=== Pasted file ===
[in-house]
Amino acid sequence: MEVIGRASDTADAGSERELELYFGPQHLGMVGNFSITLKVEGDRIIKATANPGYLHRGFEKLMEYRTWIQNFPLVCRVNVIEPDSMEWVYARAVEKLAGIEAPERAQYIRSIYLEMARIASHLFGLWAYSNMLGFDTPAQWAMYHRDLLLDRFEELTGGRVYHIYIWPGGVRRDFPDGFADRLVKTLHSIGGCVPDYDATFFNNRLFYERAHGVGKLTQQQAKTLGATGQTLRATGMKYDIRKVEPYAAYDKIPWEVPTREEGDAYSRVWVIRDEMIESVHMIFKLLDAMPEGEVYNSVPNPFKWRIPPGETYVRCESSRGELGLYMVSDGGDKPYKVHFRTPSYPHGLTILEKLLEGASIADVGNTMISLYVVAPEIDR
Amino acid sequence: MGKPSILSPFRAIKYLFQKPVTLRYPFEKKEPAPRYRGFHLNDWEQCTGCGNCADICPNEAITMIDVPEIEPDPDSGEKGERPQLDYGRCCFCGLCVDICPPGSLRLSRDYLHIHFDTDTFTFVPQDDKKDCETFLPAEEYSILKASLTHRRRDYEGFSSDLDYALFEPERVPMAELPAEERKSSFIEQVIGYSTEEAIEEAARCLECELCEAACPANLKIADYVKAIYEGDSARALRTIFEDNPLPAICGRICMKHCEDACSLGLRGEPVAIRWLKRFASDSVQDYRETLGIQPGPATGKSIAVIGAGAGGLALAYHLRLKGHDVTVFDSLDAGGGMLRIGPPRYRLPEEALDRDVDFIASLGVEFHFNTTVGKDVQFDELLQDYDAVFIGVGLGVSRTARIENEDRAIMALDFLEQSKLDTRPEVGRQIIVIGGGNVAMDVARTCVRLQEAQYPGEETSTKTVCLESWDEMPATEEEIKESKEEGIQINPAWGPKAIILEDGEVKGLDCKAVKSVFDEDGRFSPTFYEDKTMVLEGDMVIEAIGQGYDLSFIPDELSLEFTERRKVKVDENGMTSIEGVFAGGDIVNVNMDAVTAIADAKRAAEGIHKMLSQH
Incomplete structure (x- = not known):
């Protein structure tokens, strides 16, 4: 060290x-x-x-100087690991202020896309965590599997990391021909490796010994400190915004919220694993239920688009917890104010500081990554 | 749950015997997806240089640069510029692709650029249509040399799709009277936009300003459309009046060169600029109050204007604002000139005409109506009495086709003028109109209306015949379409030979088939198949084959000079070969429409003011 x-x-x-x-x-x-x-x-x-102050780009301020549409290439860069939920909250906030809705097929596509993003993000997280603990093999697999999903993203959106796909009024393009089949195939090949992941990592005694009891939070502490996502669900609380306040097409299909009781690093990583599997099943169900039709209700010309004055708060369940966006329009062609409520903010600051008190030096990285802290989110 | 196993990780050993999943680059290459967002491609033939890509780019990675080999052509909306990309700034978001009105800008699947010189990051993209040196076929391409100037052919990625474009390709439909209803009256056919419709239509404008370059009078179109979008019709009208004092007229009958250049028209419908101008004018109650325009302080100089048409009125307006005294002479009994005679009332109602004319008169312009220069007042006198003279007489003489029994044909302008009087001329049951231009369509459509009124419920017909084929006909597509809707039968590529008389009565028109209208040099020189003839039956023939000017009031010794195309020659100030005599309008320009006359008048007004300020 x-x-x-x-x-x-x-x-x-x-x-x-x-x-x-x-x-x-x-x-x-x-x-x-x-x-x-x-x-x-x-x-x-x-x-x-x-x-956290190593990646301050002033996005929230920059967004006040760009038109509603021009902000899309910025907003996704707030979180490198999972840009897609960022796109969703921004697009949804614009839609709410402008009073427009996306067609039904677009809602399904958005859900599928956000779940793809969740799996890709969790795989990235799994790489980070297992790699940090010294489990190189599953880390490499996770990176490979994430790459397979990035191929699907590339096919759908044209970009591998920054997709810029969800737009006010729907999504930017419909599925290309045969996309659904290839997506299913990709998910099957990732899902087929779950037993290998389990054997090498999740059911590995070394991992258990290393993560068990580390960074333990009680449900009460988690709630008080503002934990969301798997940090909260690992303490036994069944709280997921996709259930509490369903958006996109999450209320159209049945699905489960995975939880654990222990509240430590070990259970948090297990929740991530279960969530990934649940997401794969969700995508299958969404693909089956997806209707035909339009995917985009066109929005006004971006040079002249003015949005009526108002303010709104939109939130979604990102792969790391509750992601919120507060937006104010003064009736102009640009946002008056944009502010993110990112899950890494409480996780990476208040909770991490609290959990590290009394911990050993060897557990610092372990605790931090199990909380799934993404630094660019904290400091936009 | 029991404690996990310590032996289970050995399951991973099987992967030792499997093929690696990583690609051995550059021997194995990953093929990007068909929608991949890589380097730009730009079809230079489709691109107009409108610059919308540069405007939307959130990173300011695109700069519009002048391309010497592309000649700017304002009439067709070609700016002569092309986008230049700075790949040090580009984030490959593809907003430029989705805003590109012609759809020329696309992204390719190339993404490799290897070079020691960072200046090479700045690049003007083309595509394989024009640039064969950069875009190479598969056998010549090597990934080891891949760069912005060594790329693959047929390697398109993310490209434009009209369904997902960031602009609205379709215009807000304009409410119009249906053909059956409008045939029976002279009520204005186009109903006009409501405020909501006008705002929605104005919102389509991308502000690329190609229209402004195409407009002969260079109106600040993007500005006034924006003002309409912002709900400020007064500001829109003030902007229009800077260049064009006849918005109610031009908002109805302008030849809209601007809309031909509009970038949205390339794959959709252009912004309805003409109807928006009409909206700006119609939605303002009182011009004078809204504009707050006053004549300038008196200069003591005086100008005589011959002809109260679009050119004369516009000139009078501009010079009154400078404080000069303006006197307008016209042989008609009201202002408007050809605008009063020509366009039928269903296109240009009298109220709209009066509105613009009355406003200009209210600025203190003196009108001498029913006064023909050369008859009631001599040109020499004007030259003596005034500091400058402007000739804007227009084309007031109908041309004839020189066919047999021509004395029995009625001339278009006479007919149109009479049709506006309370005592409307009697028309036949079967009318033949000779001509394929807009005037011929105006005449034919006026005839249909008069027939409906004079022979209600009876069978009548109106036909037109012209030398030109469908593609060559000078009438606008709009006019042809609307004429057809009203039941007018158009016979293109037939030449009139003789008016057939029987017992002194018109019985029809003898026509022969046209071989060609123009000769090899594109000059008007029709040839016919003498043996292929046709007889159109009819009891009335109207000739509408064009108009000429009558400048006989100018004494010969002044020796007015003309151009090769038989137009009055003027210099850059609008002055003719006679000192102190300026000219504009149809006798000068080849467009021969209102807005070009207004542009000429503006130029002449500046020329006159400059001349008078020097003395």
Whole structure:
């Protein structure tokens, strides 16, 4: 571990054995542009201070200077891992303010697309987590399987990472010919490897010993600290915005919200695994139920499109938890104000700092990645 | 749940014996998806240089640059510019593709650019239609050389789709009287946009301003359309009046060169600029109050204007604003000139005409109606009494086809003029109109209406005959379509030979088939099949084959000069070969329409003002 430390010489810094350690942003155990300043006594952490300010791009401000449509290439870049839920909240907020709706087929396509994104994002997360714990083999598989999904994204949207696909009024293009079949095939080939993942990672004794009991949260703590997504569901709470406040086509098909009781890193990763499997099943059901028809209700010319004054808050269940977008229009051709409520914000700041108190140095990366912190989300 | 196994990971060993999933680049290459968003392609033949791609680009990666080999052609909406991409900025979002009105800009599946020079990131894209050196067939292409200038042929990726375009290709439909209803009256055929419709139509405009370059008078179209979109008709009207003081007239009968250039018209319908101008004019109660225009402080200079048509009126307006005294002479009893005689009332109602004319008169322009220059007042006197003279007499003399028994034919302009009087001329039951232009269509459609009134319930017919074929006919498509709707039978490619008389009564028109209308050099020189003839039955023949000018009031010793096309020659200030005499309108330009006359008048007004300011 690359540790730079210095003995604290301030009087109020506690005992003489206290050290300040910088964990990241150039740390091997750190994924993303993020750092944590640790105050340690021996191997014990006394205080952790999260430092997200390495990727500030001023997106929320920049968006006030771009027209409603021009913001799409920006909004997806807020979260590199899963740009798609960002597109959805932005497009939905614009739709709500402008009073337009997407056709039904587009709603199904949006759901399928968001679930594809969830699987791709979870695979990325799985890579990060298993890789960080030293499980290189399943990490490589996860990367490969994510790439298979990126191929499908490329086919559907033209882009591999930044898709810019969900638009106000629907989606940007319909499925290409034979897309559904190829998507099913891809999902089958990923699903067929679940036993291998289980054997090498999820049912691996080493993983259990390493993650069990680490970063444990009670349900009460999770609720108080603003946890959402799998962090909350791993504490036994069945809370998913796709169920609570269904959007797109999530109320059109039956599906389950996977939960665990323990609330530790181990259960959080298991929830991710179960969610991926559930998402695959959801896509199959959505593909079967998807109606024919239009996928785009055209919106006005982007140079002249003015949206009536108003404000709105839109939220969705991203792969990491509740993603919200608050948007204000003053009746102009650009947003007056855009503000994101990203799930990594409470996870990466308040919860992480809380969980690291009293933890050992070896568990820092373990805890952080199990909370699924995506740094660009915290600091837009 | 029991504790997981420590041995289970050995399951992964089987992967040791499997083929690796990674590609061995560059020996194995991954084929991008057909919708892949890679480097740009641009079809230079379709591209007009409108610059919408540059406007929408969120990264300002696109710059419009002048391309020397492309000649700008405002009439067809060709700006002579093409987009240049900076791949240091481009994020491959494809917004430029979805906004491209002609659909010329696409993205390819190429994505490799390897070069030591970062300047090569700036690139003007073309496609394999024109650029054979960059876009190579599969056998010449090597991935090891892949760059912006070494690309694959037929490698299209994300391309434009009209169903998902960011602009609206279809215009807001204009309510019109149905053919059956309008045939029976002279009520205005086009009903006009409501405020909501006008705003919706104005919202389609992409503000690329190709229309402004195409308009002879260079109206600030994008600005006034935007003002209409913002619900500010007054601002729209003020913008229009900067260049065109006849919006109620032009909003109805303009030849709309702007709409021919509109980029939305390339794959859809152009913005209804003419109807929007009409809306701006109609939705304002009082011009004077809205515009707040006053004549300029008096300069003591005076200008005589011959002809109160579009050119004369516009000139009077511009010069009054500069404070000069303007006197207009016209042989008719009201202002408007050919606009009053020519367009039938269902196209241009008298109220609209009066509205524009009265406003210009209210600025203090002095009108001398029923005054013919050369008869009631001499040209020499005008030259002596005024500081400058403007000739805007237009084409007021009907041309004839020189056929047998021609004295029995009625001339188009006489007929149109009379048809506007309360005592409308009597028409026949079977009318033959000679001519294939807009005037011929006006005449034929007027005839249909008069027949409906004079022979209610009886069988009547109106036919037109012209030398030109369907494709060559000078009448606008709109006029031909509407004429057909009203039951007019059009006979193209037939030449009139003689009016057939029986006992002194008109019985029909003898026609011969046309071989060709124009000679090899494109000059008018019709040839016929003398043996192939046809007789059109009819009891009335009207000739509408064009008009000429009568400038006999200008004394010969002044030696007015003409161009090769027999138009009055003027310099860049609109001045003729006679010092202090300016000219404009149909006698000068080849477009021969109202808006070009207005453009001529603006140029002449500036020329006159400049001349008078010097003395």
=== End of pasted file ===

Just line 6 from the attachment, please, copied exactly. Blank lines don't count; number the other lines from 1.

Whole structure: